Worms live at different levels in the soil, some quite near the surface and some digging down 6 feet or more. If you want to be able to gather worms for fishing, to feed a pet reptile or bird or just to see what kind of worms are there, you need a way to bring them up out of the ground. Mustard is one way to accomplish that.
Make a dilute solution of mustard and water. Use about 1/2 cup of mustard to 3 or 4 gallons of water. Stir well so that the solution is thoroughly mixed.
Find an area with plenty of earthworms. You can identify places with active worm populations because the worms leave little piles of castings -- worm excretions -- on the surface by their burrows. Large, open areas are best for finding night crawlers, and the piles of castings are easy to spot on flat ground.
Clear any loose litter from the soil. This includes leaves, loose grass, twigs and anything else that might prevent the mustard solution from getting into the soil. You don't need to scrape down to bare dirt, just remove enough litter that the soil is exposed enough to allow the liquid to reach it.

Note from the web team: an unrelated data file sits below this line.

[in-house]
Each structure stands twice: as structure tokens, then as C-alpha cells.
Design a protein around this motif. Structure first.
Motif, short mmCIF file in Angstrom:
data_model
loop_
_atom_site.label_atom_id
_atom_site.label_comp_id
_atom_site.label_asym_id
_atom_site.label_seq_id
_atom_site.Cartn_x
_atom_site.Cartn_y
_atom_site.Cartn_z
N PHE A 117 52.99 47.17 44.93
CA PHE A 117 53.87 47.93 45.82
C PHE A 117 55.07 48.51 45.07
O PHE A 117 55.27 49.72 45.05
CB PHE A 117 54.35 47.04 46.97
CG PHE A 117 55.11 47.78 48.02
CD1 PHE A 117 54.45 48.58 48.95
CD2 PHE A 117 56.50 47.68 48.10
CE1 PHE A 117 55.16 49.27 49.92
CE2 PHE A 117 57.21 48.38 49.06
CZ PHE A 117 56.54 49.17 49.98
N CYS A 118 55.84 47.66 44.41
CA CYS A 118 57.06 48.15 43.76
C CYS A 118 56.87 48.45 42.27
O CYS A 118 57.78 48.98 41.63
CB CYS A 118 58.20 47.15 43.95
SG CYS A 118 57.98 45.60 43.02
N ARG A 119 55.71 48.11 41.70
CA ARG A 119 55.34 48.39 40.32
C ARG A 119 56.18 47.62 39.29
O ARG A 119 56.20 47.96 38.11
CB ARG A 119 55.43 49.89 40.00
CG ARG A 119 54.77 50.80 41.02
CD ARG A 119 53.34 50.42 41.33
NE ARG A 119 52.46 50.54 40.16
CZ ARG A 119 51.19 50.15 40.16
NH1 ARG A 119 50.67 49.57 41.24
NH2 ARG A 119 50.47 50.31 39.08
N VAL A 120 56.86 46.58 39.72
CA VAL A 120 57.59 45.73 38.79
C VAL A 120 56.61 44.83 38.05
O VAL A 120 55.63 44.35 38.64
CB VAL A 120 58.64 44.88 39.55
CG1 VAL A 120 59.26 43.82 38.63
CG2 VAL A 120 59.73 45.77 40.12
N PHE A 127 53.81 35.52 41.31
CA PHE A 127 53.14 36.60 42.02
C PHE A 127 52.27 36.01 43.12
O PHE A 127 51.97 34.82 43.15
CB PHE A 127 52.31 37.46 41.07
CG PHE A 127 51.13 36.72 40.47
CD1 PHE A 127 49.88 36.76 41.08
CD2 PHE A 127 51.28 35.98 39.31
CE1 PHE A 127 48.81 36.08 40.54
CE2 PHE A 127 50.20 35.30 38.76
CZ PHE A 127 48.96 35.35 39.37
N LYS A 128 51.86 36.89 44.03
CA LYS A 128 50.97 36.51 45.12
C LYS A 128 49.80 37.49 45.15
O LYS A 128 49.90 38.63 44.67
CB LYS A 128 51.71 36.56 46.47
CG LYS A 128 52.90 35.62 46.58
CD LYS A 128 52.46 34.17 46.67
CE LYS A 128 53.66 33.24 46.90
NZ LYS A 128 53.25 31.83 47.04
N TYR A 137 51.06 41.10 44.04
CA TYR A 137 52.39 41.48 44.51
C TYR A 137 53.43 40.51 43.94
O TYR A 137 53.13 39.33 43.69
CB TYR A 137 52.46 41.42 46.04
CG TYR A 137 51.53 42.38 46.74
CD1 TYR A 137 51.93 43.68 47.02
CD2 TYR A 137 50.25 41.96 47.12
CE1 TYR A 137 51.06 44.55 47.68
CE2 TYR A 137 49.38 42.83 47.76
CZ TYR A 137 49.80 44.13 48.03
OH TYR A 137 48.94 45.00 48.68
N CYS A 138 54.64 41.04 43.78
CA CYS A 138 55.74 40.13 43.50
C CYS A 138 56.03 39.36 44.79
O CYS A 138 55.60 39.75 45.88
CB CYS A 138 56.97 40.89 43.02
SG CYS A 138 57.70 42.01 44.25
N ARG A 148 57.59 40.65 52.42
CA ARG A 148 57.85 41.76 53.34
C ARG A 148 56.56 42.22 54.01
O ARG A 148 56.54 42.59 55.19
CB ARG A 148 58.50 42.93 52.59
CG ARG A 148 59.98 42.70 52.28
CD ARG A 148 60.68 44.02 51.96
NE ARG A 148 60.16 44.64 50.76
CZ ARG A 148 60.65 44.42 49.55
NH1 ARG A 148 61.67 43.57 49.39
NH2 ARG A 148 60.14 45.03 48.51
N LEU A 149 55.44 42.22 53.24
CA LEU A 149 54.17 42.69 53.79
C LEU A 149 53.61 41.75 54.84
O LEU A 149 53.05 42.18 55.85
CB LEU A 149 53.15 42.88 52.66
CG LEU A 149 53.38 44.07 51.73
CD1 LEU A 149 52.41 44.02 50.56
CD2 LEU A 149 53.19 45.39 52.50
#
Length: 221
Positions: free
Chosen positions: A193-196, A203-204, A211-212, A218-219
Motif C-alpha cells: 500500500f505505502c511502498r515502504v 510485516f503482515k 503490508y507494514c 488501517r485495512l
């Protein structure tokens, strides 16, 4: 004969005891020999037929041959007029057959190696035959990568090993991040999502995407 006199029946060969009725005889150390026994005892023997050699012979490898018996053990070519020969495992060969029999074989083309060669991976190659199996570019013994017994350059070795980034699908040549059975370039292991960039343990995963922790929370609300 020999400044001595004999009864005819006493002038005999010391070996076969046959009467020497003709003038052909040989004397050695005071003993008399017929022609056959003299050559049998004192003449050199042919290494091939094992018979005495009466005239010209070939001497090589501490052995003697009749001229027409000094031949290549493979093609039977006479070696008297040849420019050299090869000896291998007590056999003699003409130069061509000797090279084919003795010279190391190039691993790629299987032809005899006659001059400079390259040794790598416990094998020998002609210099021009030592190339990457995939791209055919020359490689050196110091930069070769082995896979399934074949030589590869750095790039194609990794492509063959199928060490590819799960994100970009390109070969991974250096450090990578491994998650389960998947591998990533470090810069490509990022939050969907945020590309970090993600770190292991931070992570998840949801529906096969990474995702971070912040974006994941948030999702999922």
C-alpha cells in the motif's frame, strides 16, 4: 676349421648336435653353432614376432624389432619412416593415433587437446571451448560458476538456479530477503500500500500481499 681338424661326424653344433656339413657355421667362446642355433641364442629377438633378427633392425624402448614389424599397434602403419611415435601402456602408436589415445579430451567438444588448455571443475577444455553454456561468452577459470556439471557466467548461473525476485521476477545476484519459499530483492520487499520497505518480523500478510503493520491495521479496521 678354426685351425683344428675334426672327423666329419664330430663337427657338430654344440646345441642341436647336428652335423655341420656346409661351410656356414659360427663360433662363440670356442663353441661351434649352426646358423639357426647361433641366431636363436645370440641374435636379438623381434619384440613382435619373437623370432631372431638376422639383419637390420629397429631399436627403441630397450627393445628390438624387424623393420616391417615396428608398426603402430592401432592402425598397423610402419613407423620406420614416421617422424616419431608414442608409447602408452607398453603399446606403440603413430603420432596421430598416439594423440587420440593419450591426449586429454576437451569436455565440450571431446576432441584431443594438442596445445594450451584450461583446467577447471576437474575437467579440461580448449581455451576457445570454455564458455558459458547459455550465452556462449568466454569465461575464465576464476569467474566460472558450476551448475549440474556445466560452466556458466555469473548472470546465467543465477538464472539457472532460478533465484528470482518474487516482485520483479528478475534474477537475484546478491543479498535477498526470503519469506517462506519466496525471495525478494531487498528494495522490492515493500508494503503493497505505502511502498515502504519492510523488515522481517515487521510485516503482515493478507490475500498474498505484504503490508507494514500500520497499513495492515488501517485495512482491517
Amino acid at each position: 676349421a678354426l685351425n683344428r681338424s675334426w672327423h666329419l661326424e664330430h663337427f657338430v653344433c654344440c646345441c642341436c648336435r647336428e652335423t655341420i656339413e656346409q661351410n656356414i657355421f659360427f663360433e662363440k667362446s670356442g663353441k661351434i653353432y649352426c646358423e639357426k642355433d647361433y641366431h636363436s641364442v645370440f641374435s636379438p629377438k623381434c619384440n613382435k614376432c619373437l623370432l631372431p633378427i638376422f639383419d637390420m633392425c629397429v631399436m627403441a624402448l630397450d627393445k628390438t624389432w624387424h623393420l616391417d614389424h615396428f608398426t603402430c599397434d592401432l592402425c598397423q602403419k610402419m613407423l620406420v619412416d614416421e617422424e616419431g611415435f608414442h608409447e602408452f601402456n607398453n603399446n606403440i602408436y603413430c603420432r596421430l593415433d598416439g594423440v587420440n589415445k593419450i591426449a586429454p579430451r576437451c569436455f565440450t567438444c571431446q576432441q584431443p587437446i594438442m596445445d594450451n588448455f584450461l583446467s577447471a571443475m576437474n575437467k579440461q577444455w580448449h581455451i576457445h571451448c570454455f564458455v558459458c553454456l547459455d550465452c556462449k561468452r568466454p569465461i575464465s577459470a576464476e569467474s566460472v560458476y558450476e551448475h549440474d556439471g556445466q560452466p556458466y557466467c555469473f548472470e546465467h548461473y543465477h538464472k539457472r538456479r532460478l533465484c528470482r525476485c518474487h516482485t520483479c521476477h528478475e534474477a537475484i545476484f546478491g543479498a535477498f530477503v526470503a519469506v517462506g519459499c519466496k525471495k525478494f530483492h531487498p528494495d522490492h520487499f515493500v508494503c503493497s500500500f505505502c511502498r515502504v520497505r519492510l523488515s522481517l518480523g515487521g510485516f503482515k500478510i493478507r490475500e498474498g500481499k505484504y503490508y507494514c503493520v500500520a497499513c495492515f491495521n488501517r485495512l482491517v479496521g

Pour the mustard and water mixture over the ground. Pour enough on the soil to allow it to sink in, but you don't have to drench the soil with it.
Watch for the worms to come up. They will come to the surface in response to the irritation of the mustard. They may come right away or it may take a little while for them to respond. How long it takes depends on how deep the worms are in the area where you have poured the solution and the soil conditions there.